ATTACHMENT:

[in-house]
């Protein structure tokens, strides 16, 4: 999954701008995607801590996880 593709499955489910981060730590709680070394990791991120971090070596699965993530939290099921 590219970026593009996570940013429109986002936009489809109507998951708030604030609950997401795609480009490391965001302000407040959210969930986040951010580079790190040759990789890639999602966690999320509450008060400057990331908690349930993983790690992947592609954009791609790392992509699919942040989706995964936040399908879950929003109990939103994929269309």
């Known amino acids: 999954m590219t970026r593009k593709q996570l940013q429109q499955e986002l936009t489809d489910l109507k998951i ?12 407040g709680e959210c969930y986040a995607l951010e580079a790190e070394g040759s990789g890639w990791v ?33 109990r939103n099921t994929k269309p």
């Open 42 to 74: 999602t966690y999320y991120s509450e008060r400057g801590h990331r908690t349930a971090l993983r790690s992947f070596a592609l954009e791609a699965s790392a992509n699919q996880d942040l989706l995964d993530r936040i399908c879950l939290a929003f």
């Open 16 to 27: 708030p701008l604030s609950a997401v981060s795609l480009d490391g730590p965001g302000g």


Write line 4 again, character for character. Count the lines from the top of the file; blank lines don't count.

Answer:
């Open 42 to 74: 999602t966690y999320y991120s509450e008060r400057g801590h990331r908690t349930a971090l993983r790690s992947f070596a592609l954009e791609a699965s790392a992509n699919q996880d942040l989706l995964d993530r936040i399908c879950l939290a929003f």